It’s the time where we can do the most transformation.

Your new Nature paper claims that “psychedelics reopen the social reward learning critical period.” Why is that significant?

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We were amazed by this finding. We know that psychedelics are different from each other, not just in the flavor of their acute subjective effects, but also in the duration of those acute subjective effects: Ketamine lasts about 30 minutes to two hours in people, whereas psilocybin and MDMA are a little bit longer, three to five hours. LSD is a little bit longer than that—eight hours. And ibogaine is kind of the rock star of the group—the acute objective effects last anywhere from 36 to 72 hours. There also seemed to be a rough correlation between the duration of these acute subjective effects and the therapeutic durability. So we wanted to know: Is there some relationship between these things that the psychedelic drugs are able to induce?

There was, and this is remarkable because whereas ketamine keeps it open for about three or four days, LSD keeps it open for three weeks. Now it’s more evident that the shared property that we see across all psychedelics is critical-period reopening. It suggests that what it feels like to be in that altered state of consciousness, that’s common to all of them, is just what it feels like to be open in critical periods.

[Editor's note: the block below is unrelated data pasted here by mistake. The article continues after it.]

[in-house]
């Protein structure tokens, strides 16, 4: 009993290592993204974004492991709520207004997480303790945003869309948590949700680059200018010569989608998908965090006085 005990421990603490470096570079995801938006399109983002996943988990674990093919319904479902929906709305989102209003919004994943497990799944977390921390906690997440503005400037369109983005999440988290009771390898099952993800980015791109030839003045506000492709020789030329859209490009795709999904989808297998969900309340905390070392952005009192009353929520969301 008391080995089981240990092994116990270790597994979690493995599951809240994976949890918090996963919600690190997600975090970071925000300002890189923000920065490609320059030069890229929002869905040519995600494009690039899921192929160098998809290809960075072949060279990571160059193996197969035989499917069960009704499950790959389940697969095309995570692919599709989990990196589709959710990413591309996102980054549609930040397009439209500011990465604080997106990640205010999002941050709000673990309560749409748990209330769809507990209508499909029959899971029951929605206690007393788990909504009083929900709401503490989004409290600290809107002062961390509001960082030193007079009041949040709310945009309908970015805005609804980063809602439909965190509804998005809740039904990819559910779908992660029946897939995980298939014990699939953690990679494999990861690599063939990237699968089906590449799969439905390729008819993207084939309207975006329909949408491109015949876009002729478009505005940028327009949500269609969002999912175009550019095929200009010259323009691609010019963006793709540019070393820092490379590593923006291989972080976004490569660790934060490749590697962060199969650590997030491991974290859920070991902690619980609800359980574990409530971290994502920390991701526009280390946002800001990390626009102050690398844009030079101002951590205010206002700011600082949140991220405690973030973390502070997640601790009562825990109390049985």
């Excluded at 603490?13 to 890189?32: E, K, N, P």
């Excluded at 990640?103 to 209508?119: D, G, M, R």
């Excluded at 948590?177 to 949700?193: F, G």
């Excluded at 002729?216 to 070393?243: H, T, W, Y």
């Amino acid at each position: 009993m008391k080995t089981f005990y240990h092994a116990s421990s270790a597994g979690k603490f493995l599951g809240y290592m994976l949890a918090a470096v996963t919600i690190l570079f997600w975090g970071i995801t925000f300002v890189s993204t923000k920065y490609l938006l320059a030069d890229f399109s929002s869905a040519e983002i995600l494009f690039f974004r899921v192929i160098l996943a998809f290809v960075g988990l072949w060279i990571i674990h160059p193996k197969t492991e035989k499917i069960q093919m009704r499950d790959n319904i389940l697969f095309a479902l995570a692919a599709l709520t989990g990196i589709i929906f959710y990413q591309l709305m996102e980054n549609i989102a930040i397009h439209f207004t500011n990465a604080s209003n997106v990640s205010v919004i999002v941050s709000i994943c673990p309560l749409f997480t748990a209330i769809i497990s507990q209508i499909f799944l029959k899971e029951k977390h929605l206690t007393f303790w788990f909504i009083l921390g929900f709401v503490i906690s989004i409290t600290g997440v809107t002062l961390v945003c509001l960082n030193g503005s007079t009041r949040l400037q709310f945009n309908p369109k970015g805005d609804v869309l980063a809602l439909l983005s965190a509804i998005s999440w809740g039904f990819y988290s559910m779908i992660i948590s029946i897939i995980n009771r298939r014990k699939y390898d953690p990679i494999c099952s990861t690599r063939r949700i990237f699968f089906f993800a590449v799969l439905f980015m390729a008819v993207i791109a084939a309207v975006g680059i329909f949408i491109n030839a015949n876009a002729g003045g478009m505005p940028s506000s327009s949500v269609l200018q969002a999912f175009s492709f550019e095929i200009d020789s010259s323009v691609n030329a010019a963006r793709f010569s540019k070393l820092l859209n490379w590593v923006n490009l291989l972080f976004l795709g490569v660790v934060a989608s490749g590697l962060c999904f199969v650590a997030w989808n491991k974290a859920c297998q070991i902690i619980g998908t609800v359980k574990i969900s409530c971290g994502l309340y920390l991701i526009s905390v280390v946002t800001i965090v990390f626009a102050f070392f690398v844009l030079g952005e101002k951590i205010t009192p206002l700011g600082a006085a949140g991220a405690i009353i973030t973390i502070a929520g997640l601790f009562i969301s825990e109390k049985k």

What are the clinical implications of this result?

It tells us there’s a reason that clinicians have spent so much time focusing on the integration period, right after the acute effects of the drugs have worn off. That integration period seems to be important for solidifying the changes happening during therapy. If people are staying in a vulnerable open state for two to three weeks after we give them the drug, it’s a missed opportunity if we don’t continue to give them more therapy during that. But also it could be dangerous if we’re not taking care of people when they’re in that vulnerable state, where you’re going to be taking in information like a child does.